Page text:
THE EFFECTS OF WORLD WAR II ON SOCIAL STRUCTURE
World War II marked the end of an epoch--and not only for the history of eastern Europe. The hitherto unimagined dimensions of destructive power, discovered by small groups of scientists, affected the total political composition of the world. Changes in the hierarchy of states, the division of most of the world into two spheres of domination, the rapid decline of old empires combined with the growth of young nations and the appearance of new states, and a new and significant role for international organizations had a manifold influence on social stratification in all European countries. But the changes that occurred elsewhere were incomparable to the great upheaval that took place in eastern Europe; first in the course of wartime events, and, later, in the wake of imported, though in some places partially native, social revolutions.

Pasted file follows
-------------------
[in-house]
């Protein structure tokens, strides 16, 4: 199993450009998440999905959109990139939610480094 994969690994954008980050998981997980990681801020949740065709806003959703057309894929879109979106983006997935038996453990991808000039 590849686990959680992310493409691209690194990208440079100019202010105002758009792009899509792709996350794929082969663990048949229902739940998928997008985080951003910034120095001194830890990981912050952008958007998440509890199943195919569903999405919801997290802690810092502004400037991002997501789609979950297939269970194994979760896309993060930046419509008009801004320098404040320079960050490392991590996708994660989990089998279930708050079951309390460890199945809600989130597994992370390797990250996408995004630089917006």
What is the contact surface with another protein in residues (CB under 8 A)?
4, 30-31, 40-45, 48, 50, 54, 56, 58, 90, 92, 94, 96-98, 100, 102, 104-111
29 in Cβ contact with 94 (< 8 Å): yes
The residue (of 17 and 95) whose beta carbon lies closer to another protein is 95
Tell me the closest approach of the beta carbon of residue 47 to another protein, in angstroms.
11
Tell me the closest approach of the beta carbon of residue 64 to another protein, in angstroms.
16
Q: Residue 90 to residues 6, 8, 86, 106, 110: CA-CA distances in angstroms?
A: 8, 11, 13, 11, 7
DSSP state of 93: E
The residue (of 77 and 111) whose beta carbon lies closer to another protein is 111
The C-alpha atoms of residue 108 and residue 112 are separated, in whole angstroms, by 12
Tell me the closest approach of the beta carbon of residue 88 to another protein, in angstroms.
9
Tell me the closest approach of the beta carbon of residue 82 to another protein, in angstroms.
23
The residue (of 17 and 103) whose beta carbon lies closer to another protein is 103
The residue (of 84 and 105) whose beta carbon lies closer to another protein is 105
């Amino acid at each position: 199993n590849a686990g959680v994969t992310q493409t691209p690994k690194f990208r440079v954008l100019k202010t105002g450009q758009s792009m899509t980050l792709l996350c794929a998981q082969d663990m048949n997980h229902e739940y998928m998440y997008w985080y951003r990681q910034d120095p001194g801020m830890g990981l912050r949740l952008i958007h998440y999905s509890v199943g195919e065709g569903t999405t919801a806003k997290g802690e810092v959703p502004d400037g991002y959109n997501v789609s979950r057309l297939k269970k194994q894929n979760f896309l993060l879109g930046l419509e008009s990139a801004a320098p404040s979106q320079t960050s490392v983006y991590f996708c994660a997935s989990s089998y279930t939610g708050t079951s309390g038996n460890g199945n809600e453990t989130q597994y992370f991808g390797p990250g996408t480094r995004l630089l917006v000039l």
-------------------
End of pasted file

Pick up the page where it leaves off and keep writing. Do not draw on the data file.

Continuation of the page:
The impact of World War II in eastern Europe--in terms of the magnitude, time, and degree of disaster--varied from country to country. Twice, the territory of one of these countries was the battlefront for combating armies. This was Poland. Therefore, the largest part of this chapter is concerned with what happened to Poland during World War II. The three other countries under